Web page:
David Chang, the Korean-American rebel chef and ruler of the Momofuku empire, is a foodie with little patience for the pretentiousness that often come with that title.
“I’m one of the biggest snobs you’ve ever met,” he explains to the camera in the new Netflix series Ugly Delicious, streaming starting today. “But I hate elitism and snobs in general.”
“I guess what I hate,” he adds, “is being told I can’t like something.”
Ugly Delicious is defined by that attitude — “Don’t tell me what I can’t eat!” — as well as a sense of curiosity about how food not only gets made, but why we respond to it the way that we do. As executive produced by, among others, Chang, filmmaker Morgan Neville (20 Feet From Stardom), and food writer Peter Meehan, the eight episodes of this series each zero in on a different type of cuisine — pizza, tacos, barbecue, things that are stuffed — and attempt to open our minds with regard to the way we categorize them.
When we talk about barbecue, for example, why don’t we talk about vegetables, or consider the possibility that korean barbecue could be cooked in a backyard on a traditional American grill? (“Barbecue, to me, just represents cooking something in embers, flaming, with smoke,” says chef René Redzepi of Copenhagen’s renowned Noma restaurant, who makes barbecue out of delicate veggies.) Even though chicken gets fried all over the globe, why is fried chicken still so intertwined with demeaning racial stereotypes about African-Americans, and how do African-American chefs reckon with that? That same fried-chicken episode also dares to ask less loaded questions, too, such as: “Do you know the origin of the nugget?” (“I feel like nuggets are, like, a factory of regret,” Meehan concludes at one point.)
In addition to thoughtfully raising cultural issues both light and serious, Ugly Delicious also takes a highly egalitarian approach to cuisine. That sensibility will remind some viewers of Lucky Peach, the now-defunct magazine that Chang co-founded with Meehan and writer Chris Ying before creative differences ended its run last year. Even the fonts and the animated graphics peppered throughout the episodes look as if they’ve leapt off the pages of that revered quarterly.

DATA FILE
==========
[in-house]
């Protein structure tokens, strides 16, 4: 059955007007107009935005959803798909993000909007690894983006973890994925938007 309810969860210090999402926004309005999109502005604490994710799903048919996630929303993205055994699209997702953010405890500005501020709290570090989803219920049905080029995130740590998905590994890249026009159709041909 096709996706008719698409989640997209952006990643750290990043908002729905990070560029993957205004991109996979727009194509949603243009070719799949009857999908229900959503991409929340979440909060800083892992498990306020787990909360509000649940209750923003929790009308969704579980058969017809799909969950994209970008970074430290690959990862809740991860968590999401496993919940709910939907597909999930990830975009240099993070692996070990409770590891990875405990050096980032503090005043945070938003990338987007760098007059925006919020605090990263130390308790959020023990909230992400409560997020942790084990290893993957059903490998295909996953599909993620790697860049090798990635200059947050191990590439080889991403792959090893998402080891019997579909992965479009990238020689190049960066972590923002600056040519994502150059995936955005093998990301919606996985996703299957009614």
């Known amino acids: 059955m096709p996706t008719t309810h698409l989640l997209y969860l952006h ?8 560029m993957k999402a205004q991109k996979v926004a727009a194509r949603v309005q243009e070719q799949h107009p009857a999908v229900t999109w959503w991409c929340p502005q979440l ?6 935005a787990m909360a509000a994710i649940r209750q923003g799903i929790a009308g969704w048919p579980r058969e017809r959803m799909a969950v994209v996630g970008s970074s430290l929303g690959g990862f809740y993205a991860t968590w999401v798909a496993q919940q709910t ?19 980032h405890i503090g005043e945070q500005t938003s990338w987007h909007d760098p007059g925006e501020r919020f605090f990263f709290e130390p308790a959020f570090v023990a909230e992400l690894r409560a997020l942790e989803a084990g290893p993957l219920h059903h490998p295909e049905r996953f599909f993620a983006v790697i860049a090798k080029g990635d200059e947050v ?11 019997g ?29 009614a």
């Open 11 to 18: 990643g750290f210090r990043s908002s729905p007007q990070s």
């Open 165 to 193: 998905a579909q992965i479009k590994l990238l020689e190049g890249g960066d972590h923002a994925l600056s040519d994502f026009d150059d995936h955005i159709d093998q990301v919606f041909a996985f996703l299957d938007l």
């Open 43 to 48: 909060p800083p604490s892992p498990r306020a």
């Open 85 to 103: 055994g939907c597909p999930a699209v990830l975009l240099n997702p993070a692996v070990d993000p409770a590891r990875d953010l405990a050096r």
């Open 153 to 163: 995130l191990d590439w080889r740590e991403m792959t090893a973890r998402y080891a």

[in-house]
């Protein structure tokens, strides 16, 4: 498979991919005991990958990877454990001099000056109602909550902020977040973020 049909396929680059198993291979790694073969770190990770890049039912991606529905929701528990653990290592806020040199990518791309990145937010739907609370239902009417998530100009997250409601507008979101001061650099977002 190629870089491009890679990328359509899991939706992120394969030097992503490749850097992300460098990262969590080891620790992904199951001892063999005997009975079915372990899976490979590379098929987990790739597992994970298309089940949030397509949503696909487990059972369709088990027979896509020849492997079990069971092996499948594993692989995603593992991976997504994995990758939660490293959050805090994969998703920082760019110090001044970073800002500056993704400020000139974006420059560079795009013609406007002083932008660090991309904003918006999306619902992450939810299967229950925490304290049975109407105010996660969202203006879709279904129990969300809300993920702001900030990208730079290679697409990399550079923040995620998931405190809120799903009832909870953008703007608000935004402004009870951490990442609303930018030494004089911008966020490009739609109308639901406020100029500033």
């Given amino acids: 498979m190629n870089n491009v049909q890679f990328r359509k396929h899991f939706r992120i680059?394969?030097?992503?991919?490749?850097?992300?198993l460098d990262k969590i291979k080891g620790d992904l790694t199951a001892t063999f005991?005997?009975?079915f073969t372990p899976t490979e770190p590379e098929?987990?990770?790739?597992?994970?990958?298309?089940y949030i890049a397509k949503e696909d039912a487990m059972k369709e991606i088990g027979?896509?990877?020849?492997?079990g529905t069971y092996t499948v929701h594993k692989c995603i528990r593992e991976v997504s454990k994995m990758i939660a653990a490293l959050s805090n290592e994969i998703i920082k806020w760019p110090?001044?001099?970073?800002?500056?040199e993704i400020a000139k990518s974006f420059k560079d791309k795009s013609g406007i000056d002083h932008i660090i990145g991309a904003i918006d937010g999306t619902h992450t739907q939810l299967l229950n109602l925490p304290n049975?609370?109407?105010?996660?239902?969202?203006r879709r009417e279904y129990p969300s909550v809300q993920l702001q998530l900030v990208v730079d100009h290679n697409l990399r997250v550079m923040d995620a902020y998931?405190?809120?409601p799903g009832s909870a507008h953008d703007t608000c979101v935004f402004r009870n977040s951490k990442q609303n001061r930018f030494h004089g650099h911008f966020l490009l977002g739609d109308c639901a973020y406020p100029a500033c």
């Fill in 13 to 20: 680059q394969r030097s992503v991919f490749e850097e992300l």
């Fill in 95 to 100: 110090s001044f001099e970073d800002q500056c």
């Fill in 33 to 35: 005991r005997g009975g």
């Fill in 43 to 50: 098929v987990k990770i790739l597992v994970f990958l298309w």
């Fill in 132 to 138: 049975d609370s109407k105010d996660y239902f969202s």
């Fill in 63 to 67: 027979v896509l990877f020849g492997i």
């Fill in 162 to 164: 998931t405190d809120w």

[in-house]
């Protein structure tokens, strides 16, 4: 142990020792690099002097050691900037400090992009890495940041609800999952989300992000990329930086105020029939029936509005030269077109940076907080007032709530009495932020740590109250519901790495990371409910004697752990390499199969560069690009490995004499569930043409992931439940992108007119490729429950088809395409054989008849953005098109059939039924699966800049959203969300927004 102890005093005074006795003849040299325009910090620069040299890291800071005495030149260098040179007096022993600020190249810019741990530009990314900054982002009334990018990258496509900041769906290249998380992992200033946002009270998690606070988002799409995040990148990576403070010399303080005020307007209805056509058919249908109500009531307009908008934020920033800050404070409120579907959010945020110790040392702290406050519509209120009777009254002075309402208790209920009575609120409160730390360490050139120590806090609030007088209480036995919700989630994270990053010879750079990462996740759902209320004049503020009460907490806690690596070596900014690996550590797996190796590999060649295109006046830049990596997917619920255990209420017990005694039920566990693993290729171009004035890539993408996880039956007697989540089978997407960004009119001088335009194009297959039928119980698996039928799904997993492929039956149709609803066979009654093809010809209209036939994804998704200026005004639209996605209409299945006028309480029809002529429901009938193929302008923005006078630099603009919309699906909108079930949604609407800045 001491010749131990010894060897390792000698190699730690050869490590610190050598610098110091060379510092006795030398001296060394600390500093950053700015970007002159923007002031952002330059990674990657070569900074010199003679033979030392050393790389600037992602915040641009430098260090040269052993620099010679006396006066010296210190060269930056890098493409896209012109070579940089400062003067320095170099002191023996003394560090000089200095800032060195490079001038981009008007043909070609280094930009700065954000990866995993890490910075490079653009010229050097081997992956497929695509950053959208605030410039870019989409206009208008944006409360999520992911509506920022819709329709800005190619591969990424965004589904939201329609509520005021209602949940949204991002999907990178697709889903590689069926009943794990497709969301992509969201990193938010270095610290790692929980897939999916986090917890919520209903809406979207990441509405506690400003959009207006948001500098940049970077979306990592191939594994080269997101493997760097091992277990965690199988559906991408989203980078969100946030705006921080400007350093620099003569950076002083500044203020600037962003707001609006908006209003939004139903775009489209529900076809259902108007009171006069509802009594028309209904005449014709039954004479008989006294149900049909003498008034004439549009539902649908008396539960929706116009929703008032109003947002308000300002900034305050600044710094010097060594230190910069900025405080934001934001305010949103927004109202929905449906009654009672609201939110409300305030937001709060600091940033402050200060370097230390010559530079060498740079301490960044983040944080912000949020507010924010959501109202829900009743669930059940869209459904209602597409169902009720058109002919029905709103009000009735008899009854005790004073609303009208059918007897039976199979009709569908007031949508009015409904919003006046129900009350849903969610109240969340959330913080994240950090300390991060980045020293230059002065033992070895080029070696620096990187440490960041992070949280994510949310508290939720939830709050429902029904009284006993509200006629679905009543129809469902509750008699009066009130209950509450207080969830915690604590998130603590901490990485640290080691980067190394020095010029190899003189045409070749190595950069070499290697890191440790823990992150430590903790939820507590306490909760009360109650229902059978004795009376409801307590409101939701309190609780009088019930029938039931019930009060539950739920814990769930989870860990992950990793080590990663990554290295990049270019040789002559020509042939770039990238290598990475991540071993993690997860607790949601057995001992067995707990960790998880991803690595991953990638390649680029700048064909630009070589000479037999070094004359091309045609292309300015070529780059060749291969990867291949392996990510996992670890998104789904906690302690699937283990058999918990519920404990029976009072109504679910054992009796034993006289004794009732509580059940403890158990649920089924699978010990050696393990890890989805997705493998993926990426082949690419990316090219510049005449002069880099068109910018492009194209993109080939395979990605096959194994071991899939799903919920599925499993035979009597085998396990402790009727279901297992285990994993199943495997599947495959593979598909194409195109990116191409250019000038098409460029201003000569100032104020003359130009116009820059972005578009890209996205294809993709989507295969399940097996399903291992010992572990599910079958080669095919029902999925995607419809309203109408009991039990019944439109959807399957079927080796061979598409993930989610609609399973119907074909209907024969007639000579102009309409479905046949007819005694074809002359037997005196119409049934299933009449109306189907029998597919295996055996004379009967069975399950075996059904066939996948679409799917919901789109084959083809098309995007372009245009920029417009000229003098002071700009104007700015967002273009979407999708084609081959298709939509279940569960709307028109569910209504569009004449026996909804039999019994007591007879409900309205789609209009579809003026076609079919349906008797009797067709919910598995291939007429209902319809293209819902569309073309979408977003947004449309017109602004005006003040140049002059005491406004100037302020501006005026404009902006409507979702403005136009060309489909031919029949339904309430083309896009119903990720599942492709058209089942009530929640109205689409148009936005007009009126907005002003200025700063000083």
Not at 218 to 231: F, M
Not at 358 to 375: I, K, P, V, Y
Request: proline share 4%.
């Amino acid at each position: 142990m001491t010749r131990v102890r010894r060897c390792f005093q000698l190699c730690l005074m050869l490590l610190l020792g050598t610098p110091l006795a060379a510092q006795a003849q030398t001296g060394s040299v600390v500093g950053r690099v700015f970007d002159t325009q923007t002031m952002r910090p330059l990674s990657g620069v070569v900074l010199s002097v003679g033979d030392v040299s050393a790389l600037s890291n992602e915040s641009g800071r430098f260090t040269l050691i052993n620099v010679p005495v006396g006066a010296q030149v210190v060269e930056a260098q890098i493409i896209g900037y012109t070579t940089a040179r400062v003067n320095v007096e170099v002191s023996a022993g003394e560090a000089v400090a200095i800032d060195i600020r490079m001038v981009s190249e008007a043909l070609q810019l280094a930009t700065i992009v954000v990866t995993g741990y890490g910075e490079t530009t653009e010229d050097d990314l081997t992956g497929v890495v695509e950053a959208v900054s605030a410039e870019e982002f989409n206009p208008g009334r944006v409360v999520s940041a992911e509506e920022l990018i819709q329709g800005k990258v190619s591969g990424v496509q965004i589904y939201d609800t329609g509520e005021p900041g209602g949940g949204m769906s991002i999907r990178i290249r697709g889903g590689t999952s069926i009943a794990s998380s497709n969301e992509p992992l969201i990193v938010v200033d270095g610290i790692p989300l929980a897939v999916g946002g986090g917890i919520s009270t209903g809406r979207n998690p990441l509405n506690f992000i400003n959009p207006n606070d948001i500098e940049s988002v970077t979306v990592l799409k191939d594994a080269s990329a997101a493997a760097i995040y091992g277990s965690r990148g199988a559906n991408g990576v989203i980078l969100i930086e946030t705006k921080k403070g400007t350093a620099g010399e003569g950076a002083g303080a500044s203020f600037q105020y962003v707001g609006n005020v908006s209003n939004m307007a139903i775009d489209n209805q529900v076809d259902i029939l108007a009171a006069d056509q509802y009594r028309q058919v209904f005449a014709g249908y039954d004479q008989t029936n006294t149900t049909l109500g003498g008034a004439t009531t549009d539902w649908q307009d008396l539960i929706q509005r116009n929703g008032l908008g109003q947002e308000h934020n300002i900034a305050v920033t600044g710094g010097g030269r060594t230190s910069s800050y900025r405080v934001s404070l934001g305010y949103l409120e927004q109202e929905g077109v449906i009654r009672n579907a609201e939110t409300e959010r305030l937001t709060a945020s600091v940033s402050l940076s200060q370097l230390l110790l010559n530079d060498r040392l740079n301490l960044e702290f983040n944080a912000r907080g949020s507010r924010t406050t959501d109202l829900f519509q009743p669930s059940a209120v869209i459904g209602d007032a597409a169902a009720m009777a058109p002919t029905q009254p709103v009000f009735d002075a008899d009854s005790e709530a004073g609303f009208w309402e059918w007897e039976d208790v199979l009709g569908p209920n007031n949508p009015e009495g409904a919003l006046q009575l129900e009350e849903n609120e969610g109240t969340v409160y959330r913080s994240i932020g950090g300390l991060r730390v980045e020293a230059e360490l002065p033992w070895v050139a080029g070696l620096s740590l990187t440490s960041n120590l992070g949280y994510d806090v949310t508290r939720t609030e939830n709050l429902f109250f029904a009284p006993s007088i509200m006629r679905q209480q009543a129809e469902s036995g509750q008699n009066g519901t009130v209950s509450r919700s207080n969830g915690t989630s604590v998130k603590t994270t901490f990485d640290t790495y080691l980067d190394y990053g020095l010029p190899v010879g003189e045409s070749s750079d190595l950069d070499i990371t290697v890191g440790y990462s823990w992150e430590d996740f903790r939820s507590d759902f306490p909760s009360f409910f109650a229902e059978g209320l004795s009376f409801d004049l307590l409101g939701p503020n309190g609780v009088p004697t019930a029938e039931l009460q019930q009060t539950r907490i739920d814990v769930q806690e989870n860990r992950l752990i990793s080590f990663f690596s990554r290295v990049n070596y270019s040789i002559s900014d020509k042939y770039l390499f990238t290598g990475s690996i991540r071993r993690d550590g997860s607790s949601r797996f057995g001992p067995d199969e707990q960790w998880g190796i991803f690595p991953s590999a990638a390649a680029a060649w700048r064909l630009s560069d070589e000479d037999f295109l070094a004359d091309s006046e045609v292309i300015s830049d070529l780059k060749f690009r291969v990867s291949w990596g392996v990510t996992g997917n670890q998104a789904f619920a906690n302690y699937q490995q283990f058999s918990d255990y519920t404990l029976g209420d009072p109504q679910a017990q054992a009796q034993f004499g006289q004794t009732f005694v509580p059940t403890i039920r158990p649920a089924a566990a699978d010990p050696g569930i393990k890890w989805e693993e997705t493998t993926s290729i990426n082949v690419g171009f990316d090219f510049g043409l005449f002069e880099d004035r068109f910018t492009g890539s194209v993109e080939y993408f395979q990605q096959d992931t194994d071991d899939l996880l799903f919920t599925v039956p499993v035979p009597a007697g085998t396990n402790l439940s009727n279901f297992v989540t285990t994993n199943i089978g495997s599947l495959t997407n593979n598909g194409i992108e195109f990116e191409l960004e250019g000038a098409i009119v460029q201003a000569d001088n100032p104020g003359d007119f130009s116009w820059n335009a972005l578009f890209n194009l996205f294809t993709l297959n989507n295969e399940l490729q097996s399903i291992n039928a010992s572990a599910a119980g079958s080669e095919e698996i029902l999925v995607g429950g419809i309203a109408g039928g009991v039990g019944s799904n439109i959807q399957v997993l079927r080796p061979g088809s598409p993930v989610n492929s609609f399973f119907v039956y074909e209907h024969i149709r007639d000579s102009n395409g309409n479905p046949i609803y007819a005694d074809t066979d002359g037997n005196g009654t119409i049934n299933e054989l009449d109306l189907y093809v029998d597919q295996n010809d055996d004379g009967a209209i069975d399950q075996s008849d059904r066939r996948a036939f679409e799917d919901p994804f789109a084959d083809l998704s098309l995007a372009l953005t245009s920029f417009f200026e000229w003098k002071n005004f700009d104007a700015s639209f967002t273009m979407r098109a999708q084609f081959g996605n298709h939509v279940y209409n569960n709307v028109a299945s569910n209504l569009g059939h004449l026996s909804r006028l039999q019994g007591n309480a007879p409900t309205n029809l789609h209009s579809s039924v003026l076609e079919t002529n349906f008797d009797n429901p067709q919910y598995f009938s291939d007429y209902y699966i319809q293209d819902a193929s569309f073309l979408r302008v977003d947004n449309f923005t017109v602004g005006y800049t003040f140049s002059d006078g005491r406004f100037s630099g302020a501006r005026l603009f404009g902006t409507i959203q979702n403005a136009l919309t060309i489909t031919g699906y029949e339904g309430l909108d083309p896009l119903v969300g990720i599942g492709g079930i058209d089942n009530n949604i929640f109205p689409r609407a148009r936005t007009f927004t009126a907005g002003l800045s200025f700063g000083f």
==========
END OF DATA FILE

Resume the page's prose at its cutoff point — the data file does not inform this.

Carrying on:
This is a show that captures the singular beauty of watching Mexican women pound out tortillas by hand, but also does not hesitate to roll through the Taco Bell drive-through and order a Crunchwrap Supreme. Chang acknowledges that a pie made lovingly at a nice Brooklyn pizzeria like Lucali is better than one you’ll order from Domino’s. But he also acknowledges that Domino’s tastes pretty good, too. (The Momofuku mogul even spends some time at a Domino’s franchise and shadows a delivery guy to better understand how they crank out so much pizza to so many customers so quickly.)
In short, this is a show that’s as much for foodies as it for people who gag on their Big Macs every time they hear the word foodie. Which is refreshing. And also: oh my God, so appetizing.
I cannot stress this enough: If you are going to sit down and watch one or more episodes of Ugly Delicious, for the love of God, bring snacks. This thing needs to be binged on two levels, people. If you’re really on the ball, you’ll set yourself up with munchies that correspond to the episodes you intend to watch: a nice Neapolitan pizza for the pizza episode or some soup dumplings for the stuffed episode. The episodes are laid out in a specific order, but you can hopscotch through them based on your interests or what’s in your fridge, which — again, can’t stress this enough — is a perfectly valid road map to apply to this experience.
A lot of TV shows with a celebrity chef behind them are implicitly ego-driven enterprises designed to build those chef’s brands. Chang is definitely front and center in Ugly Delicious, chowing down, steering the conversation, and breaking bread with some pretty famous friends. (Aziz Ansari, Jimmy Kimmel, Steven Yeun, Ali Wong, David Simon, Gillian Jacobs, and Nick Kroll all make cameo appearances, along with an array of well-known chefs and food writers.) But the show never feels like it’s all about Chang. In fact, Momofuku barely comes up in conversation.
Ugly Delicious is instead driven by Chang’s interest, as well as the interests of other experts, like Meehan, in not just digging into the portions that are placed in front of them, but really digging into why certain types of food feel so personal and culturally specific even while they’re being appropriated and modified to serve consumers always chasing the next trend. Ugly Delicious is informative, entertaining, and enriching, and I can’t recommend it more highly. After watching it, I also couldn’t get my hands on a taco fast enough.